British Trials, Day Two: Gibson, Goddard, Balfour Win; Young Teens Make Impact -- March 18, 2005
By Craig Lord
MANCHESTER, England, March 17. JAMES Gibson declared himself ready to defend his world title over 50 metres breaststroke in Montreal this July after retaining his British title in 28.02 seconds to become the first of three swimmers to book tickets to Canada at Trials here.
On a night when James Goddard and Kirsty Balfour respectively set new
British and Scottish standards to join Gibson on the Britain squad, the
25-year-old world sprint breaststroke champion from Loughborough University
summed up the mood of those who qualified on the first of two opportunities
to do so.
"That was a huge release of pressure - job done. I don't want to be a
former world champion and getting this out of the way now will allow me to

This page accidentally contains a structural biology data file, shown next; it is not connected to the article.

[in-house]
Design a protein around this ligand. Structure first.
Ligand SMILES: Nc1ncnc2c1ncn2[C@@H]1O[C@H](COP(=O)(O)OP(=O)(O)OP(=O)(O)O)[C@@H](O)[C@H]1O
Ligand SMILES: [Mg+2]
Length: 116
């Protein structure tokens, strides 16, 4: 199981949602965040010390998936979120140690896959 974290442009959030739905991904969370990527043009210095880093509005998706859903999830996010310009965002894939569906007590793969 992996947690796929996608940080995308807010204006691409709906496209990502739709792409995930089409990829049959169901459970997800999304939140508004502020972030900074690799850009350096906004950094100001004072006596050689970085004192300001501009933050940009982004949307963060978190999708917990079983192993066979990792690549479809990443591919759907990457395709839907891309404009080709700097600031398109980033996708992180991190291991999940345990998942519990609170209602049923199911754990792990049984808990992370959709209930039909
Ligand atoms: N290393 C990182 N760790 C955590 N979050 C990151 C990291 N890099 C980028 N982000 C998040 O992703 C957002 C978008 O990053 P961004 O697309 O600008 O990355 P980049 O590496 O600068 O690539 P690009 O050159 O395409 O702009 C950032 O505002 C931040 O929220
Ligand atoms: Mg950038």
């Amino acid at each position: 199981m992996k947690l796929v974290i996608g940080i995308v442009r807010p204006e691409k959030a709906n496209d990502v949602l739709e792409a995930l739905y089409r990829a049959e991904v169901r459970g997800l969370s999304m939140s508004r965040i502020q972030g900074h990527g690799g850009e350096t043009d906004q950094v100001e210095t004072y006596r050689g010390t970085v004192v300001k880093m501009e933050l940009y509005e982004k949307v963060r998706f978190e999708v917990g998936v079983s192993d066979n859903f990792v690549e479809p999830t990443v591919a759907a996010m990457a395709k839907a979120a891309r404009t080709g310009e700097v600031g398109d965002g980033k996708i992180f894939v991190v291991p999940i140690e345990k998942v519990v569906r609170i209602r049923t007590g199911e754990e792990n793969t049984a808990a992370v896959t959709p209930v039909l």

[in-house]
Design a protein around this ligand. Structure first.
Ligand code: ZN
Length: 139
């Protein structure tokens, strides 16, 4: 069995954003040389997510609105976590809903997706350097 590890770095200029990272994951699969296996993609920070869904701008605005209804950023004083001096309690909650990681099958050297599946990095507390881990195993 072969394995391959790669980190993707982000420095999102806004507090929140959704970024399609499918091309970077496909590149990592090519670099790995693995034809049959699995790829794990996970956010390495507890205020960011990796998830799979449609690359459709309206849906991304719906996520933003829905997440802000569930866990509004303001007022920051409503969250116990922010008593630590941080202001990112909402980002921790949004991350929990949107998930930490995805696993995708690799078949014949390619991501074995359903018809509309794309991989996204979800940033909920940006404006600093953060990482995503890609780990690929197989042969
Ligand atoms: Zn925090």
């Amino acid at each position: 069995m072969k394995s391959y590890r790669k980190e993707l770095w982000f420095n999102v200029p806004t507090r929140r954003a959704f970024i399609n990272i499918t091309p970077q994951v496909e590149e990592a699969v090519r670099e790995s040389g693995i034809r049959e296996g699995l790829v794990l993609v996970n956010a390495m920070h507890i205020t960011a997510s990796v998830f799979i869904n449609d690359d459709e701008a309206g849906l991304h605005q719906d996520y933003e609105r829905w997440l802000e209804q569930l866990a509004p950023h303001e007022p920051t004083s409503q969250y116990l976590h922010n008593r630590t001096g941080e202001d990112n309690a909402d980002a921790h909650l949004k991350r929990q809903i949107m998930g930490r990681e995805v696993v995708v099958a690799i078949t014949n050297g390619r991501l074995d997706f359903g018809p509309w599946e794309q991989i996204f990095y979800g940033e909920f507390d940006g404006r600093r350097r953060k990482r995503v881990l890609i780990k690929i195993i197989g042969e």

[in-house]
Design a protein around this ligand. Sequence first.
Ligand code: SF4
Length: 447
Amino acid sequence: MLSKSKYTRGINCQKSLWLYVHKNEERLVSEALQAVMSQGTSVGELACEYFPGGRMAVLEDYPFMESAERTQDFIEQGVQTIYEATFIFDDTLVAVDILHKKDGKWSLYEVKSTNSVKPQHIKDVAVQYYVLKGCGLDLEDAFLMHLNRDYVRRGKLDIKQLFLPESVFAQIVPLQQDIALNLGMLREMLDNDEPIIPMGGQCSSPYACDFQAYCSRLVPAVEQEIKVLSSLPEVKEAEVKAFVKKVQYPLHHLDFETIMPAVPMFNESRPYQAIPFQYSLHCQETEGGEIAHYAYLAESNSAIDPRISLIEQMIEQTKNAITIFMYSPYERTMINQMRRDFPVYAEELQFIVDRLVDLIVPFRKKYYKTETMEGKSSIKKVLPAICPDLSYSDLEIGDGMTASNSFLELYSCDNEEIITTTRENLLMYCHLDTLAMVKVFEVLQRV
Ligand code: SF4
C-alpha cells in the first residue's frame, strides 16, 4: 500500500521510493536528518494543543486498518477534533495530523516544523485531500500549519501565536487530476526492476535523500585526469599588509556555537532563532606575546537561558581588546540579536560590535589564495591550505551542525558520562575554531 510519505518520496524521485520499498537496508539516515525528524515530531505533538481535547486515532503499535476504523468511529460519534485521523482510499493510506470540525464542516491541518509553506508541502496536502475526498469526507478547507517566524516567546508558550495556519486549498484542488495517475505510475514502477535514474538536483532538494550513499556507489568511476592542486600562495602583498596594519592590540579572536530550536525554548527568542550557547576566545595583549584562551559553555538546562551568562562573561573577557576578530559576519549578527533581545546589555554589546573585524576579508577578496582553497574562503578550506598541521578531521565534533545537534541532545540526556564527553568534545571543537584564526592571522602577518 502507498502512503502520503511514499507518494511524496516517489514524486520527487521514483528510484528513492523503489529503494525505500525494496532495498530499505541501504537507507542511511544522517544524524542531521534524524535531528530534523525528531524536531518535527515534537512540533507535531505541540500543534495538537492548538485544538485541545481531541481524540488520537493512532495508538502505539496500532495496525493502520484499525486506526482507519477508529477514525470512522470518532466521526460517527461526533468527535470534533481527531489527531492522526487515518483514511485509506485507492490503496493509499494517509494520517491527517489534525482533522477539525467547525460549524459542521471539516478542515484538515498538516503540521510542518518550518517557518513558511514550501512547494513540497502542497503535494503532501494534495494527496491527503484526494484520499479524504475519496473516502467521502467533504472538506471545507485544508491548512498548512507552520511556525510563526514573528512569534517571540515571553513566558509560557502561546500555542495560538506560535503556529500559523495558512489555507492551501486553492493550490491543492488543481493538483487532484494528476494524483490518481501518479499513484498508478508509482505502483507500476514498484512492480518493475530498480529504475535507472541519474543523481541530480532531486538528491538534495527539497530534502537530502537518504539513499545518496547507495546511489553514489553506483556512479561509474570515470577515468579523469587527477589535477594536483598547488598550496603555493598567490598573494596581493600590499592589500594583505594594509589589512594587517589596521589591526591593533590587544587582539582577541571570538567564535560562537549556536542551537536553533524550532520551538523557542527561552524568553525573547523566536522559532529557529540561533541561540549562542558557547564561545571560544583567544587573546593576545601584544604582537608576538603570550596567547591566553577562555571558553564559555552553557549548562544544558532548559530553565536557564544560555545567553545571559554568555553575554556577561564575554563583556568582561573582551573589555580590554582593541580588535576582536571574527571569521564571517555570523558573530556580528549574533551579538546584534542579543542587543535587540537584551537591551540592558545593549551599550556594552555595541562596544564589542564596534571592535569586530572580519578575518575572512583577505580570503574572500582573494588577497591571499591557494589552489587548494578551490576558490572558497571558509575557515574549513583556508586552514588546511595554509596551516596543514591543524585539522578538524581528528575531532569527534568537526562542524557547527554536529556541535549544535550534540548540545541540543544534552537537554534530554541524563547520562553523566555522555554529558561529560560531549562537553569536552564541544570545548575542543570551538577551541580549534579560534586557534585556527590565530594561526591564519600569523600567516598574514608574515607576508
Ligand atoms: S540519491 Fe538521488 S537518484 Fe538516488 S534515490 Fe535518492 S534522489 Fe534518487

focus on preparing for the main event." Having travelled to Athens last
summer looking for Olympic glory but emerging from the 100 metres final
sixth, Gibson, coached by Ben Titley, was conscious that "the world has
stepped up...and I've got to move with them."
"I've had a rough time since Athens," he said, "but that will help to
lift me. I'm not going to Montreal just to take part." Behind him were
Darren Mew and Chris Cook, who must wait until June for a second chance to
qualify over 50 metres at the third of three test events in line for the
Britain squad and those who aspire to it in the build-up to Montreal.
Gibson spent February training at Auburn. The experience had been
"fantastic...they are very professional". In contrast to Britain, it was